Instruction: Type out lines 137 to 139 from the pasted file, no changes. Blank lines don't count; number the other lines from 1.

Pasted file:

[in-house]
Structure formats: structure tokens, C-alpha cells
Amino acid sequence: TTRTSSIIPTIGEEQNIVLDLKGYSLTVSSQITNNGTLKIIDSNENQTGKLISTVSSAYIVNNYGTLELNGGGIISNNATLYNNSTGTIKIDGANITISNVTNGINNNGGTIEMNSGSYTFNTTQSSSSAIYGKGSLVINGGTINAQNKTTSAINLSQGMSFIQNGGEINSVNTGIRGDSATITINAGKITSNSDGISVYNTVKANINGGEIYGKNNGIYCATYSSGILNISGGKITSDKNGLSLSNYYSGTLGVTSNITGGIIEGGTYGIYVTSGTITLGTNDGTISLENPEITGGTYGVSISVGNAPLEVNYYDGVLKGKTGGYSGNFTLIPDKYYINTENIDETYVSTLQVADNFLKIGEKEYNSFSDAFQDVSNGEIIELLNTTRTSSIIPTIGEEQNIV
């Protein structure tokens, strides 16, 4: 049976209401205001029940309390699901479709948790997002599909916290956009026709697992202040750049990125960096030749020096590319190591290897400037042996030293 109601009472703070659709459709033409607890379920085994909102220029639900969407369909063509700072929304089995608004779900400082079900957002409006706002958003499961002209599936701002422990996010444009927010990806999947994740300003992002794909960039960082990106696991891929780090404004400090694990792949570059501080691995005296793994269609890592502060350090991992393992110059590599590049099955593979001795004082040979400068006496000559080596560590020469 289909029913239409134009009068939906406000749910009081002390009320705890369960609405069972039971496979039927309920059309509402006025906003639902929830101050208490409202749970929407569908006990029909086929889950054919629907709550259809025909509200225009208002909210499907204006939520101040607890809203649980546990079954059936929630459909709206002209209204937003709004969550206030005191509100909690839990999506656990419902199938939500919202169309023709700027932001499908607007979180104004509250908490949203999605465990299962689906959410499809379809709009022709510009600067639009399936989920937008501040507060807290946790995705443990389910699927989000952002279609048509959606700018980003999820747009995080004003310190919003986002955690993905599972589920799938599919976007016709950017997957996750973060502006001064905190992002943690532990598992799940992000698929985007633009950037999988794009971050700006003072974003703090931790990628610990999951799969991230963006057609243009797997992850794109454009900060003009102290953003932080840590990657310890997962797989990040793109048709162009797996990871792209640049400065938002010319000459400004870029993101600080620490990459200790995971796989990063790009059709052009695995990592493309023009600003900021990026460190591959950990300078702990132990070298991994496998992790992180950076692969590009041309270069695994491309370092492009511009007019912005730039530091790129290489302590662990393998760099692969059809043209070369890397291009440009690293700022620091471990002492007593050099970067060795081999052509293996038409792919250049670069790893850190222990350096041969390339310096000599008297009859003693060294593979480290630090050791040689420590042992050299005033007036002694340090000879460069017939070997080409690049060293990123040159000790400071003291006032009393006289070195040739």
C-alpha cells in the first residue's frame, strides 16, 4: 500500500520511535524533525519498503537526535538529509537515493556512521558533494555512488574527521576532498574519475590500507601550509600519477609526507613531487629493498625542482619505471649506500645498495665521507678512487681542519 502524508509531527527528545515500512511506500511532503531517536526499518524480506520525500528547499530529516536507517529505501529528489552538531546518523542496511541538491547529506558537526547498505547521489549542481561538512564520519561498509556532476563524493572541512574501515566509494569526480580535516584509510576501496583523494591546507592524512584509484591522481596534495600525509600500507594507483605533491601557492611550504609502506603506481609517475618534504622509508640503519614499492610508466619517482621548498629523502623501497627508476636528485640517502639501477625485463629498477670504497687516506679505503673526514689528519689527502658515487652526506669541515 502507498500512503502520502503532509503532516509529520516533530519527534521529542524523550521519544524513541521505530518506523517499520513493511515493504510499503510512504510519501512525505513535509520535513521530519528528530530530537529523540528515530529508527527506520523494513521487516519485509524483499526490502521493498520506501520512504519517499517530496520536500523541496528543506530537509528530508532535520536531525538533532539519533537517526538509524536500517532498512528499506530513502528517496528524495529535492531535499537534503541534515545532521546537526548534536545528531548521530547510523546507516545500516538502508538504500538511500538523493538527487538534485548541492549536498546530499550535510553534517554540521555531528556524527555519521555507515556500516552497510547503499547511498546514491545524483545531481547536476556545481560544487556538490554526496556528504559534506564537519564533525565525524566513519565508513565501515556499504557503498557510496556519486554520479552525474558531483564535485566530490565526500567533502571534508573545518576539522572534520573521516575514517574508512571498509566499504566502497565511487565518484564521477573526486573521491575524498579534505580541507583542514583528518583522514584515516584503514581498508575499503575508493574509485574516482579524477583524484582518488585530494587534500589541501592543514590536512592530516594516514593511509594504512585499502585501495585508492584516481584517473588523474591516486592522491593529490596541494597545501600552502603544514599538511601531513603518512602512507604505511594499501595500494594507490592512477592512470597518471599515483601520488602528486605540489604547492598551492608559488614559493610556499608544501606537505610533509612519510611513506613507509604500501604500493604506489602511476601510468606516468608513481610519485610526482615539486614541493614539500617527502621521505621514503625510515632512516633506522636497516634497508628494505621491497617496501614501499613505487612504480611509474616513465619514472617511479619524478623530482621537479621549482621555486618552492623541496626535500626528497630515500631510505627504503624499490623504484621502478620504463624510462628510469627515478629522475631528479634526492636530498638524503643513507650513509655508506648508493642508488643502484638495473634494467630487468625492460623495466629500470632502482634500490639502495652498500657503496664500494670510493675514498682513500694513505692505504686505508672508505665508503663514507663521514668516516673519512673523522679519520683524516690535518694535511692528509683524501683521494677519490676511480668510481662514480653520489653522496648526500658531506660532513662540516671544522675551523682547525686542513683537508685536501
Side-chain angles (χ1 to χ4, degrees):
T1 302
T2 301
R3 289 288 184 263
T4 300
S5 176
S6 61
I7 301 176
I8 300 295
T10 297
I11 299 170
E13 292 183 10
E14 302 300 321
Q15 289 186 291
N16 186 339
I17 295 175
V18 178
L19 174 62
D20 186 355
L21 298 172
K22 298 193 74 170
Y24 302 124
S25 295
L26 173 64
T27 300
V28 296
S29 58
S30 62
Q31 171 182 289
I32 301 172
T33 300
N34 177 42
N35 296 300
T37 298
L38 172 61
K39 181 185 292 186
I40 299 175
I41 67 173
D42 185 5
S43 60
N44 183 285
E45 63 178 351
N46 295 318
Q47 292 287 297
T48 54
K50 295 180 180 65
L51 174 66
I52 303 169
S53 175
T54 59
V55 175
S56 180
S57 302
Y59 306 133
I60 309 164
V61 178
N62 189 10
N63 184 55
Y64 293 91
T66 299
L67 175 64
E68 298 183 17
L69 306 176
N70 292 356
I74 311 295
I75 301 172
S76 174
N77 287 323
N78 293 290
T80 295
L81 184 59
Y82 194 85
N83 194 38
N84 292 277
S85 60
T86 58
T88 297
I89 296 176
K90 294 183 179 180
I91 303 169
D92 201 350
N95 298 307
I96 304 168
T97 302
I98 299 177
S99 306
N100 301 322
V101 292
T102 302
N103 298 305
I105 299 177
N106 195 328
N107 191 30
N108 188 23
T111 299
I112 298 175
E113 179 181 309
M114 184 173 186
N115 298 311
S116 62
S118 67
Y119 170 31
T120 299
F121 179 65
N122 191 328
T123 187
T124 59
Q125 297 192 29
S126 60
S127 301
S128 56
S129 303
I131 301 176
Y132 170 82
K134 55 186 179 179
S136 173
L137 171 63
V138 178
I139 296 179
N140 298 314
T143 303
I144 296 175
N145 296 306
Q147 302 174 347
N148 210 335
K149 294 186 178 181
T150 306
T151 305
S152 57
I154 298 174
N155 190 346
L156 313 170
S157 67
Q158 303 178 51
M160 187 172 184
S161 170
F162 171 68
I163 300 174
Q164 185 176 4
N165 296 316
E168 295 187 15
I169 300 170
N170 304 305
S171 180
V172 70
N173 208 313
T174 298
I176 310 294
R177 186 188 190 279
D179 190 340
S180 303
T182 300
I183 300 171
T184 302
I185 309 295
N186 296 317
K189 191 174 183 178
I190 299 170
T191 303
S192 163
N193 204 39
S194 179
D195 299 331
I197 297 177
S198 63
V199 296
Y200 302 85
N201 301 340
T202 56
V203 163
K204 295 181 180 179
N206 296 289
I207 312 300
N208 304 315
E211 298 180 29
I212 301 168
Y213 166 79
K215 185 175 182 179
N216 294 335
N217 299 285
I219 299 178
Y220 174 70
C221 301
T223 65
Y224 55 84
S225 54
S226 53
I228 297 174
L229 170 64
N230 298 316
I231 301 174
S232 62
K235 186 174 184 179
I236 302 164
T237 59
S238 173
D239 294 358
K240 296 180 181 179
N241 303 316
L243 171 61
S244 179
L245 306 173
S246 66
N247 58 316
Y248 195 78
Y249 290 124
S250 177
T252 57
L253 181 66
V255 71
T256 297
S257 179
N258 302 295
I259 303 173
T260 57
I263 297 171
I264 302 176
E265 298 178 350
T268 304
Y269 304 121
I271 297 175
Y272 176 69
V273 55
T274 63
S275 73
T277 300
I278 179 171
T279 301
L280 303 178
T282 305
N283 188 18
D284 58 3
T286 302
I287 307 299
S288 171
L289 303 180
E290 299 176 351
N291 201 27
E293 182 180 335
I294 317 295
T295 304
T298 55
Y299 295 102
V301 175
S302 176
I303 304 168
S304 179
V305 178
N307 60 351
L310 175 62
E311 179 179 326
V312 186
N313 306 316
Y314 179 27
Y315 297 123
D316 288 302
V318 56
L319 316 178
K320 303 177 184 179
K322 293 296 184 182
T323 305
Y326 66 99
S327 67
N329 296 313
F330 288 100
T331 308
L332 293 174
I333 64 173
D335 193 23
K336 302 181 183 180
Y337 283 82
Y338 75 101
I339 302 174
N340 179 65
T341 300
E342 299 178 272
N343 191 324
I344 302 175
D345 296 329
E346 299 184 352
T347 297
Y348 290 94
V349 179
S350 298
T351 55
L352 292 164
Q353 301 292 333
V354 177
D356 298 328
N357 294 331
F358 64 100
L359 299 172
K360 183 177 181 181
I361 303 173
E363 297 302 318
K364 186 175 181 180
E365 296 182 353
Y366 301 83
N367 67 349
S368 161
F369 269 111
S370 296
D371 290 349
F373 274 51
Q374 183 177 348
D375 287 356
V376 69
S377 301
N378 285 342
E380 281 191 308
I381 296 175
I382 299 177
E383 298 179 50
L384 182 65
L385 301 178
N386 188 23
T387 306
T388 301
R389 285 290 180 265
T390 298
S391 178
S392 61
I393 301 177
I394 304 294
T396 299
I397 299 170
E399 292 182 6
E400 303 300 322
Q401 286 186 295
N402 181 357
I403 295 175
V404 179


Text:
L156 313 170
S157 67
Q158 303 178 51